Ok. I have gotten alot of requests from people wanting Queen ants for their ant farms and from people wanting to buy entire ant colonies. I decided to do a bit of research to see what I could come up with and here’s what I found out:
There is always the option of digging up your own colony and queen ant, and so I’ve made this how-to-find-queen-ants guide below. For all of you wanting to buy a queen ant, here’s what I know.
Buying a Queen Ant
We all know that The Department of Agriculture prohibits interstate shipment of queen ants. They don't want reproducing ants going into other states where they may start colonies that could damage agriculture or the ecosystem. However, they do issue permits to certain people for the Study of Ants (myrmecology). You can visit their website for info on obtaining a permit for a Queen Ant.
This website, The Sonoran Arthropod Studies Institute does research on Arthropods (which include ants) and they already have all the necessary permits to obtain Queen Ants. It looks like they are always accepting new members and you can find alot of information about obtaining a permit or a Queen Ant on their site or by contacting them. (Update 2014: It looks like this site is shut down)
This site, Antsectopia is based out of the U.K. and has a huge variety of Queen Ants and Colonies for sale. I’m sure they are not allowed to ship to the U.S., but they probably could once you obtained a permit. They likely could tell you what you need to do in order to receive shipments from them as well. There is more information here at their main site. (Update 2014: Antsectopia is no longer)
Finding a Queen Ant
There are a few possibilities:
You can dig her nest up and find her. This is a tedious and difficult method and may not always be successful. The queen is very difficult to get. –Ant
I have done this numerous times. For Formicas (larger small mound building species) I use:
- Spade shovel
- 2 five gallon buckets
- 2 covers for buckets
- Metal spoon.
- Newspaper (a section will do)
- Jars/bucket with 1-2" inside near rim treated with oil
The process I use is to locate less developed nests (smaller). Then I carry shovel, buckets, and covers to site of nest during mid to late day (when sun has warmed upper soil).
Next, I cut a circle around colony usually about size of bucket or smaller if possible. Think of this like cutting a 6" deep hole of sod; but don't pull up the section until you have made your circular cut. When your ready lift the whole section out of ground -- intact if possible -- put in first bucket. Then while the nest is disturbed, begin to quickly dig the rest of the soil following chambers and tunnels until few ants are found or bucket(s) are full. As buckets get full, place covers on them.
Now, take the bucket(s) home and begin to manually sort (using spoon, newspapers for the refuse soil and jars/bucket to put the workers, pupae, larvae, eggs in while looking for the queen(s). Once the queen is obtained, then one can decide whether to keep sorting to obtain more workers or eggs, larvae pupae, etc. I have found eggs are very difficult to spot in many species unless they are still in wads of multiple eggs. Under large rocks mid-day or there about: Similar process as above, but usually one doesn't need to get as much soil and one may see immediately the queen. I've turned large blocks many times and seen huge colonies -- with a queen scrambling for cover. --Mr. Ant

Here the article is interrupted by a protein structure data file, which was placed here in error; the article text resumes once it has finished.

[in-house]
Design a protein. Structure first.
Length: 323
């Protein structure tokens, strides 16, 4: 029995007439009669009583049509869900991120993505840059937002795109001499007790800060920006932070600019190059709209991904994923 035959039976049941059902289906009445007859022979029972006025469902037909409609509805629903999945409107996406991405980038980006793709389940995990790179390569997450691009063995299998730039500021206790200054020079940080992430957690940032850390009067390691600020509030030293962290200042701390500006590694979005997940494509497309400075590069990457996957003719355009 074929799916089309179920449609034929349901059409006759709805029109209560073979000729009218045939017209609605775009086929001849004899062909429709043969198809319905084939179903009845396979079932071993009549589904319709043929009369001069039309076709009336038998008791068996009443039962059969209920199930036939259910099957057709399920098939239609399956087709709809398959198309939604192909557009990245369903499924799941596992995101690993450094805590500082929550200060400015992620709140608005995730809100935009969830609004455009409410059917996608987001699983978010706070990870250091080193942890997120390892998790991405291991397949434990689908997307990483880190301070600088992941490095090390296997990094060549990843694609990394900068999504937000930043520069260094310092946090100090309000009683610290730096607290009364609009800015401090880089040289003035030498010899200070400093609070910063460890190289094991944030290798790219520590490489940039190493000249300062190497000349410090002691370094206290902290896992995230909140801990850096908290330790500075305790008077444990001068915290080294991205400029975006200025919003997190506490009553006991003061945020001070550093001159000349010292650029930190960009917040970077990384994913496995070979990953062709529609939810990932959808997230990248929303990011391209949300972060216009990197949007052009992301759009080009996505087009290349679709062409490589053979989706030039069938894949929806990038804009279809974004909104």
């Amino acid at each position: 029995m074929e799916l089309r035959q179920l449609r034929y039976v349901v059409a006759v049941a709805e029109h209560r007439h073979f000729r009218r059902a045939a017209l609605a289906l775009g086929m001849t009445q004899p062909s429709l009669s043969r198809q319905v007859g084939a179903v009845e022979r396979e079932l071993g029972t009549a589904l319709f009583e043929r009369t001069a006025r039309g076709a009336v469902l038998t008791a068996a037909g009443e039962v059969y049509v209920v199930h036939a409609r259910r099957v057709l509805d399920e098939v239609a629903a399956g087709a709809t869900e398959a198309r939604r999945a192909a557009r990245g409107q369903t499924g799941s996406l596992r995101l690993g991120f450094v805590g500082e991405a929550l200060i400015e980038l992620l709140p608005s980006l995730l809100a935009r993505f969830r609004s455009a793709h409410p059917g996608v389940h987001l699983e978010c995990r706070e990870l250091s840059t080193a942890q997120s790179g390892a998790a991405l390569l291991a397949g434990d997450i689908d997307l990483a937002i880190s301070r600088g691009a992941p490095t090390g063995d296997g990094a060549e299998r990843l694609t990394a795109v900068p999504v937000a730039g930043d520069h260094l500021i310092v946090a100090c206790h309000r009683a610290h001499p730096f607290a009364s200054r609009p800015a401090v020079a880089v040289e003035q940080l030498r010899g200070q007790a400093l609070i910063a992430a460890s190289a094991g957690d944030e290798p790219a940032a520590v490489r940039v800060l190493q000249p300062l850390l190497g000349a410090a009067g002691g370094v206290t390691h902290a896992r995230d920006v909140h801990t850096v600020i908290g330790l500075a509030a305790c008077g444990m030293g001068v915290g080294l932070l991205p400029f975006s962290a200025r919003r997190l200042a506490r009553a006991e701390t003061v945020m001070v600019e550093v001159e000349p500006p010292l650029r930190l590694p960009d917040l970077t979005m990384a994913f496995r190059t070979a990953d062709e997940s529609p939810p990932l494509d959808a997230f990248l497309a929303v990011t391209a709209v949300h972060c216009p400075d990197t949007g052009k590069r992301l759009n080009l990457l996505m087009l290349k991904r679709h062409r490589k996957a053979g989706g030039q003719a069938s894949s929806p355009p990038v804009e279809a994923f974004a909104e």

Rotting boards are good candidates. In West Virginia this summer (1999), I found three species all with queens under a rotting dog house we had to move. --Anonymous
Carpenter ant queens, at least in Michigan, can relatively easily be found in late fall or early spring (in cool temperatures) by locating a large tree stand with a fair amount of downed and rotting logs. By carefully peeling off the bark one should easily be able to find a carpenter queen with her first brood (in some stage) in a egg shaped chamber between bark and wood of tree. Being prepared with collection jars (large mouthed mason work great) and sharp long knife. One places a small section of bark over the 1.5" oval chamber and cuts into the tree to extract completely the 1.5" oval chamber and surrounding wood. --Mr. Ant
Wait for the nuptial flights during the spring and summer seasons. The new queen ants usually fly away after a rain storm during a warm temperature. It depends where you are, and the development of the colony. Most species of ants will mate in late spring and summer (June through August). --Ant and Angelo Scott
Nuptial flights are the best time to get queens. Many times I seem to miss them for various reasons. The best reason to get nuptial queens is they are MUCH less sensitive to light than full blown native colonies (which I have observed take some time to acclimatize to light). Also, you get to see the full development cycle. It is important make sure to feed your queen before she enters the chamber as this will give her a much larger first brood than otherwise would have occurred. She will greedily gorge herself and then you can finally put her in your terrarium. --Mr. Ant
Finding colonies with queens is best done during the first really warm weather of spring. At this time, queens come near the surface to warm up (just as they later retreat into the depths to keep cool once hot weather fully sets in). Placing covering objects such as flat bricks, stones, or old boards over known nest sites will help induce the ants to come gather under these in a few days or a week, making it easier to capture a whole colony. When you find the queen, capture her FIRST in a small container, and THEN go about scooping up the rest of the colony. Queens are very shy, and hide quickly at the first disturbance of the colony. --Dr. Ant